# How to calculate spatial variability/semivariogram for each grid cell?

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04-17-2019 07:46 AM
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New Contributor

Hello,

I have a surface of air pollutant levels and I would like to calculate the spatial variability/semivariogram for each grid cell. Does anyone know how to do it in Arcgis?

Thank you very much!

Liu

4 Replies
Esri Regular Contributor

Hi Liu,

The Moving Window Kriging geoprocessing tool is designed to calculate local semivariograms at particular locations.  The workflow you need to follow is:

1. If your grid is a raster, you will need to convert it to a point feature class using Raster To Point.
2. Use the Geostatistical Wizard to interpolate these points using kriging.  Choose the kriging type (Simple, ordinary, etc), define any options like detrending or transformation, and choose a semivariogram model (Exponential, Stable, K-Bessel, etc).  Do not worry about parameters like the range or sill yet; this interpolation is only to make a template for use in the next step.
3. Use Moving Window Kriging and provide the geostatistical layer created in step 2 as the model source.  You'll need to provide the locations where you want to calculate the semivariogram (use the same points you used to interpolate), and choose how many neighbors you want to use for each local calculation.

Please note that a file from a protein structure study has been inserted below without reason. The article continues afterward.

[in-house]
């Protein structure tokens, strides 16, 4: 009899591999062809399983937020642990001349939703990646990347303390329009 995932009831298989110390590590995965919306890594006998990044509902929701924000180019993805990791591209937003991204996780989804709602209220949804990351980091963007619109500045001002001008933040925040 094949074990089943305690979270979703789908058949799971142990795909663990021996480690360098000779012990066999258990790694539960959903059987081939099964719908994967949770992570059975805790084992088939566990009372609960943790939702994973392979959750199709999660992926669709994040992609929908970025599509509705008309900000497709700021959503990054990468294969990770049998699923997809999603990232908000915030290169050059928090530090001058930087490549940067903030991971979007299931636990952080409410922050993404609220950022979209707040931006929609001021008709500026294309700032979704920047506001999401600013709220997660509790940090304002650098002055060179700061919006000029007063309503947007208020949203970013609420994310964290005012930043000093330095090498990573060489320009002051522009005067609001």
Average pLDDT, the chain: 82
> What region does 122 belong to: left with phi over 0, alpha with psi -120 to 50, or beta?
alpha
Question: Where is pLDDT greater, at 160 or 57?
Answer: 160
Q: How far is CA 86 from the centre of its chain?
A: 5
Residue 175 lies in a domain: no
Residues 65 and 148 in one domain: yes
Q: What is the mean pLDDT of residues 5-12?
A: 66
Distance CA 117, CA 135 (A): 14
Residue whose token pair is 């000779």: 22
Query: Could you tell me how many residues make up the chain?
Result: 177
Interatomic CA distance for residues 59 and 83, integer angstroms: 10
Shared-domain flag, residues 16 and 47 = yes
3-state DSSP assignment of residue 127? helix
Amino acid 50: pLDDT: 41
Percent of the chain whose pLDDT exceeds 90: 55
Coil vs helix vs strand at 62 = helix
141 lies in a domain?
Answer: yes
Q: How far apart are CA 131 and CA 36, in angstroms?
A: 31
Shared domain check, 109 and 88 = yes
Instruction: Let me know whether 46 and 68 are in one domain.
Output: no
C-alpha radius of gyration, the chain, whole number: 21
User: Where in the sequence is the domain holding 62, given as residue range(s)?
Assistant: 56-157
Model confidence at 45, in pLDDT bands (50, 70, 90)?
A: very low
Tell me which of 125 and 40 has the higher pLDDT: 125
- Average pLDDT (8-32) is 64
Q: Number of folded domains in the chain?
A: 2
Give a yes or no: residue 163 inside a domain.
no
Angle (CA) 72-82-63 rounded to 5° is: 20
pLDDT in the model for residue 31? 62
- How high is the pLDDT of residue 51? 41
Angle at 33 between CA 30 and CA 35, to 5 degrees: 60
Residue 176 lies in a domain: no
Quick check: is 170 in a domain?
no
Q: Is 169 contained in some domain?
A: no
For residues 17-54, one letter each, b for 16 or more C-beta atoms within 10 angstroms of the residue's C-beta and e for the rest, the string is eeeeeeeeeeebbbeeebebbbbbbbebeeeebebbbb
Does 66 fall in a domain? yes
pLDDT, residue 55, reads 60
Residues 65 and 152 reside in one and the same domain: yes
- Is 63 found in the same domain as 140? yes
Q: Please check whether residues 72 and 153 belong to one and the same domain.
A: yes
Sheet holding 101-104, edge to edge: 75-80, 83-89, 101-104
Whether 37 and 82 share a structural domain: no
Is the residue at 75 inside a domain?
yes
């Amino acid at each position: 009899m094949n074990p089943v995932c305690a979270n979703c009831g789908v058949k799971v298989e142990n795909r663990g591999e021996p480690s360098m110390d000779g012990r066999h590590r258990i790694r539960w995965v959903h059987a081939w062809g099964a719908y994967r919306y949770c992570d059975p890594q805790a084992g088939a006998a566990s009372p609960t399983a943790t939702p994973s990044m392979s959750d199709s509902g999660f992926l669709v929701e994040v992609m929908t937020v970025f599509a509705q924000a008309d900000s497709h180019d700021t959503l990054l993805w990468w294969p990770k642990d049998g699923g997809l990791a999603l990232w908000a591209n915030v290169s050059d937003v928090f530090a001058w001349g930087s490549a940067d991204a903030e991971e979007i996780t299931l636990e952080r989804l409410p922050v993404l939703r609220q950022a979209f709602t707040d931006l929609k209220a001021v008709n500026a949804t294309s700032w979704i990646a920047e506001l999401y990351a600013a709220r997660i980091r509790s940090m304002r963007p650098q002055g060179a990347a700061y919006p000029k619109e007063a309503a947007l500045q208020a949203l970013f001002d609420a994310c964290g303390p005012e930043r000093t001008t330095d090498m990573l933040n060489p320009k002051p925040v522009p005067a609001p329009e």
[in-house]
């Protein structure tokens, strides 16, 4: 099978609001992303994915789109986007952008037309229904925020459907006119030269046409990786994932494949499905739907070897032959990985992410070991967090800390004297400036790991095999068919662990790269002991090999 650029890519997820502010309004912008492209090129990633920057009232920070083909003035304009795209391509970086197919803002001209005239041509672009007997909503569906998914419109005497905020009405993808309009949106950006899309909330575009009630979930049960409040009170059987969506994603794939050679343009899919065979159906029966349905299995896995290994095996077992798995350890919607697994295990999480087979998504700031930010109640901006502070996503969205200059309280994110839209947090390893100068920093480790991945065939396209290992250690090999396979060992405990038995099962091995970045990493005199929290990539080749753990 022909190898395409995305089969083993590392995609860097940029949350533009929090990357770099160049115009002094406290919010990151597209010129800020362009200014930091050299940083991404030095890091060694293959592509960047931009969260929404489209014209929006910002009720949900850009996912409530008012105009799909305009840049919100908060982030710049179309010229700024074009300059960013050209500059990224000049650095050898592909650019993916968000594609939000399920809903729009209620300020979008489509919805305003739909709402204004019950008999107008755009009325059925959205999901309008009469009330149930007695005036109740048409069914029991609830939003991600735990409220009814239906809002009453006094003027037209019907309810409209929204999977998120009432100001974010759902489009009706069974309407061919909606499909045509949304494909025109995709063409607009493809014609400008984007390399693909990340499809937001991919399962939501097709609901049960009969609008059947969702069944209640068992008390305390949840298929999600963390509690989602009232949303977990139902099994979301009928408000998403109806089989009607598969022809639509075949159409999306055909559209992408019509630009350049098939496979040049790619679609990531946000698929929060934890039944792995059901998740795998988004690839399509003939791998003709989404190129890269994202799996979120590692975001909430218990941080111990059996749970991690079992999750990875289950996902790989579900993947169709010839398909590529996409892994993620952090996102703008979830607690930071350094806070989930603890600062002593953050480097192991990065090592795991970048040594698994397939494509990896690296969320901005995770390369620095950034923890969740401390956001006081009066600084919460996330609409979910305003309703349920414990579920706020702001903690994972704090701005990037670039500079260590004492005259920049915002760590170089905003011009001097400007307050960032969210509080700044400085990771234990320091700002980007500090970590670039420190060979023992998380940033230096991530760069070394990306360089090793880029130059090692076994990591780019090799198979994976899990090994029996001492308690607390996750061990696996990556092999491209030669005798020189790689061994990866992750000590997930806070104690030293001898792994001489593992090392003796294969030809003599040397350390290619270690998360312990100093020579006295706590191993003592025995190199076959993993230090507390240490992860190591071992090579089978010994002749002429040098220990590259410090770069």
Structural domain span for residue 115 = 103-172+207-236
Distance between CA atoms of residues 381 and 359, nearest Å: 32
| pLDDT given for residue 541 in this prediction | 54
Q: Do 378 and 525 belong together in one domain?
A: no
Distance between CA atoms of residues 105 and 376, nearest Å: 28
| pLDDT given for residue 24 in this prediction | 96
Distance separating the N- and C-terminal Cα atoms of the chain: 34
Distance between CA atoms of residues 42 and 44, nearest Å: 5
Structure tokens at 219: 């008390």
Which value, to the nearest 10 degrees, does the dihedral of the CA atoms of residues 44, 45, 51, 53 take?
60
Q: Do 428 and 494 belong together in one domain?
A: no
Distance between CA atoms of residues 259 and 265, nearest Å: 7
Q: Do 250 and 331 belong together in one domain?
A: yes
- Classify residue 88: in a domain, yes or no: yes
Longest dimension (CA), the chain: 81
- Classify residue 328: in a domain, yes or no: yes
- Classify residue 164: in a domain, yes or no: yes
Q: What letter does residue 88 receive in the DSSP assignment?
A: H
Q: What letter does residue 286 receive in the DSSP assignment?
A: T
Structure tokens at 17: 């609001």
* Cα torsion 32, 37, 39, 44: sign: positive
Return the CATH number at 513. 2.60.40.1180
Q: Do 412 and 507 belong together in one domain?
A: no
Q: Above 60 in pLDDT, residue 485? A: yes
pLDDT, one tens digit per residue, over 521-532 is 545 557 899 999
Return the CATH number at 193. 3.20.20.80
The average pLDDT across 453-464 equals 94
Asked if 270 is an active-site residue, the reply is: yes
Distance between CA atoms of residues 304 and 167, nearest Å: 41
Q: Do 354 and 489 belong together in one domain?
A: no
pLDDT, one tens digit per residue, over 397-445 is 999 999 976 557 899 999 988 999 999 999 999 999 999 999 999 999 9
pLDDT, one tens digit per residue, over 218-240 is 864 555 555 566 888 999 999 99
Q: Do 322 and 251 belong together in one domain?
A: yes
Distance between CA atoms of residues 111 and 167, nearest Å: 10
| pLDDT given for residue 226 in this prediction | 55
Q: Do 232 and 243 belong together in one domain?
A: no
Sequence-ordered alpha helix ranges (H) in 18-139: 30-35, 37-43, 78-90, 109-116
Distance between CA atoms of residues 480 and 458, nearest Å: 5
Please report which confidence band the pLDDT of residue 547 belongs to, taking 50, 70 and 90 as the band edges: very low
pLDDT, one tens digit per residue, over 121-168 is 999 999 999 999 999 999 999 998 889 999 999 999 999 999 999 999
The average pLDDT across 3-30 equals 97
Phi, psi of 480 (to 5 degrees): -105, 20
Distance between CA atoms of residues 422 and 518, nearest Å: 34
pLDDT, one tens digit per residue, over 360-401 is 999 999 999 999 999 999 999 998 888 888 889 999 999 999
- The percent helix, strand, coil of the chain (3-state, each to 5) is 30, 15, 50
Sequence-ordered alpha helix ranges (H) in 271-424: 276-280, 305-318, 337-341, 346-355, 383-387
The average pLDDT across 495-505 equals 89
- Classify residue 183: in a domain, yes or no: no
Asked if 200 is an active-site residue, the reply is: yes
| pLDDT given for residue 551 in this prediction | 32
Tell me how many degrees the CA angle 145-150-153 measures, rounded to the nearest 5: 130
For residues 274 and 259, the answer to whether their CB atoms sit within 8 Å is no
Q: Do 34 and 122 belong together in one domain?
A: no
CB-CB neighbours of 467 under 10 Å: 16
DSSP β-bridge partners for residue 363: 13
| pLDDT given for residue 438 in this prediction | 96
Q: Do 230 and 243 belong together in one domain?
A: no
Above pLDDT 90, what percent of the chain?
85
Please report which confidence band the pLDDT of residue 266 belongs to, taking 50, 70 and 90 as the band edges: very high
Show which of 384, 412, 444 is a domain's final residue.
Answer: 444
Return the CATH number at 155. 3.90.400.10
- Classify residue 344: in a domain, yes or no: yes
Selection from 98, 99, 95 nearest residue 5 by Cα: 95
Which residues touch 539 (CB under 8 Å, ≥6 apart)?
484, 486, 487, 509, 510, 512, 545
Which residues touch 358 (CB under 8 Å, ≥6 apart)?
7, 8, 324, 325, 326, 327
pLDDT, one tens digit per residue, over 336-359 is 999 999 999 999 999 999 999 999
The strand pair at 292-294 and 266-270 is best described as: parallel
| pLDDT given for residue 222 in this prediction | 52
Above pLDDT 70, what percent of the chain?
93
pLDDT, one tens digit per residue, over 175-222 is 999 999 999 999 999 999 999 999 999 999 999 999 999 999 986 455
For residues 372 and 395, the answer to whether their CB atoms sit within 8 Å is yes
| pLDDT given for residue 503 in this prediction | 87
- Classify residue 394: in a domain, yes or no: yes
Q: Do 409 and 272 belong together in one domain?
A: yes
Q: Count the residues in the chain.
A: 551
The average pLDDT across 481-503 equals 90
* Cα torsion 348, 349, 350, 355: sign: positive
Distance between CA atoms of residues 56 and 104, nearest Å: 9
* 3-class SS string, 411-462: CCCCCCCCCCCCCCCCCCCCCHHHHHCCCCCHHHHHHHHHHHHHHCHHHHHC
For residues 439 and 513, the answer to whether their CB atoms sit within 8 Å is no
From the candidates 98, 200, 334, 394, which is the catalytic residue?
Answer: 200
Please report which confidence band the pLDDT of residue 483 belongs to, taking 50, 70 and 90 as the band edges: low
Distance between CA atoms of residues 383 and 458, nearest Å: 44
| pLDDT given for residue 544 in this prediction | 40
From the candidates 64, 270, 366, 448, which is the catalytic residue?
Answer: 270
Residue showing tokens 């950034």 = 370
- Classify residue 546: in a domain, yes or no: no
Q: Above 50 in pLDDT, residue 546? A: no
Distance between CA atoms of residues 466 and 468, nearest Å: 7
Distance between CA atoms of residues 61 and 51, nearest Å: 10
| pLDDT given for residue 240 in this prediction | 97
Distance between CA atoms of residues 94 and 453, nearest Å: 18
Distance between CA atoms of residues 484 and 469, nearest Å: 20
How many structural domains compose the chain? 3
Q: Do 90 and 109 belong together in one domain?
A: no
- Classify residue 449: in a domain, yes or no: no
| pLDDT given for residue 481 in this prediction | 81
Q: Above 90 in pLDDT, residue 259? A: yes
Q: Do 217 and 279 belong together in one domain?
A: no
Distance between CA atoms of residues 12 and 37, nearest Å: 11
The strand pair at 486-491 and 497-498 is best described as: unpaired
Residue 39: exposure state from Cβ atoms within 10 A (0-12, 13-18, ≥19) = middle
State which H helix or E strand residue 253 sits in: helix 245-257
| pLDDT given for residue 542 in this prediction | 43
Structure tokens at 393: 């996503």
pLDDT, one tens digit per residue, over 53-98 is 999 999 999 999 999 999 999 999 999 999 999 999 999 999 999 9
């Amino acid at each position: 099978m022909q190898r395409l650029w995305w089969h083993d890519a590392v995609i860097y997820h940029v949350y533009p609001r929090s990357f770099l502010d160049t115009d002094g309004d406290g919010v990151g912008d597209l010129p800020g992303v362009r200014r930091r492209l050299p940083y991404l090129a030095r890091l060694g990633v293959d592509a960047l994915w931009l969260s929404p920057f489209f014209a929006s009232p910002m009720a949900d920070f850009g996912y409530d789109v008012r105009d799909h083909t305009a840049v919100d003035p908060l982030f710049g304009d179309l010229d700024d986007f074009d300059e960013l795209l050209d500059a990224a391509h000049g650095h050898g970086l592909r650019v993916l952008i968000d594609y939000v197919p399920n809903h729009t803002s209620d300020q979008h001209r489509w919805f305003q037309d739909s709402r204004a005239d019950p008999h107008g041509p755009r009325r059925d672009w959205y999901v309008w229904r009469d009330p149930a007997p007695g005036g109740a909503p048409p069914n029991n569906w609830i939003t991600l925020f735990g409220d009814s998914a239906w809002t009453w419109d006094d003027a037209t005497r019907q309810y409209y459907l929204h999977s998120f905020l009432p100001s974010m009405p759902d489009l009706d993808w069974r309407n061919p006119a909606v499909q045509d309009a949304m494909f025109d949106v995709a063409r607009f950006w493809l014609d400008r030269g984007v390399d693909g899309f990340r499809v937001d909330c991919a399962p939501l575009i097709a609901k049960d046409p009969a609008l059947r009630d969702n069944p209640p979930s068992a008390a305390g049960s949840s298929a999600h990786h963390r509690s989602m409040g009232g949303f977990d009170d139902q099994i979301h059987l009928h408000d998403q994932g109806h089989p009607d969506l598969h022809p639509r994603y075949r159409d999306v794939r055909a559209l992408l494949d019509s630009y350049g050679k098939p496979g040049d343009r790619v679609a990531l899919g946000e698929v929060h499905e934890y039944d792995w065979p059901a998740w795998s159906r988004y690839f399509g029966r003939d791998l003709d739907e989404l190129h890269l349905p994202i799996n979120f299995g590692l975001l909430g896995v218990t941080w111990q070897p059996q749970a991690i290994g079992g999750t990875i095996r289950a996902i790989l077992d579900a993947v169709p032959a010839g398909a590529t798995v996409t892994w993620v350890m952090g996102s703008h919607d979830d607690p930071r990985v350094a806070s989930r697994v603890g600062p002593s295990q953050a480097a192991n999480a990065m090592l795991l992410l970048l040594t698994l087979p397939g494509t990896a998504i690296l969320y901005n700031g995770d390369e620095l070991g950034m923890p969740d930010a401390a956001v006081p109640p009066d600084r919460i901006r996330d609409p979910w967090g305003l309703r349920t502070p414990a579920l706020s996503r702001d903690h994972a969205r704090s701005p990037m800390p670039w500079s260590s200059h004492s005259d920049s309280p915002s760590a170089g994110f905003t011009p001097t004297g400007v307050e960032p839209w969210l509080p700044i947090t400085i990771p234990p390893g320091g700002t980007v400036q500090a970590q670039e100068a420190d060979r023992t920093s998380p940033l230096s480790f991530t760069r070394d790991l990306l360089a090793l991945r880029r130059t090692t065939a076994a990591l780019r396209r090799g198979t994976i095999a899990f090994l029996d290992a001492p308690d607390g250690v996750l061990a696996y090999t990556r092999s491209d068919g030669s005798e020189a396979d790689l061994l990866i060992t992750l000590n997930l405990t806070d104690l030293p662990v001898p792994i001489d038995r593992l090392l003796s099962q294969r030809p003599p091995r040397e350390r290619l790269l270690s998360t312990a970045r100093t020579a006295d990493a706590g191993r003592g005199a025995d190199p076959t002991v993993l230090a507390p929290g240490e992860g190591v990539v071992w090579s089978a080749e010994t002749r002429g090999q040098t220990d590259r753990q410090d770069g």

The output will be a point feature class containing (among other things), the nugget, range, and partial sill calculated at each location.  These are based on the kriging type and semivariogram model chosen in the Geostatistical Wizard and on the number of neighbors defined in Moving Window Kriging.

Let me know if you have any other questions or need any clarifications.

-Eric

by
New Contributor

Hi Eric,

I've tried your method and it worked very well. I have 2 further questions:

(1) for the "Maximum neighbors to include" when doing the moving window kriging. What does the neighbor mean? Does it mean the number of points (like neighbors of 10 = searching for 10 points around) or the unit of the map (like neighbors of 10=10 meters if the map is in a UTM projection)?

(2) the output attribute table has prediction, strErr, Nugget, Range, PartSill.  Which one is usually used to quantify the spatial variance, Nugget or Nugget+PartSill?

Thank you very much!

Esri Regular Contributor

(1) In Moving Window Kriging, the number of neighbors is the number of points that will be used to estimate the semivariogram parameters at each location.  To estimate the semivariogram parameters as a location, the software must use data from around the location (these points are called neighbors).  You want a sufficient number of neighbors to be able to estimate the semivariogram parameters accurately, but you also want the estimate to be local, so you don't want to use more neighbors than is necessary.  Using 30 points is usually sufficient.

(2) The partial sill plus the nugget will equal the variance of the data.  I'm not entirely clear what you mean by "spatial variance."  The semivariogram itself is what defines spatial covariance (ie, how correlated points are, given how far apart they are).

by
New Contributor

That's exactly what I'm looking for. Thank you very much for your great help!!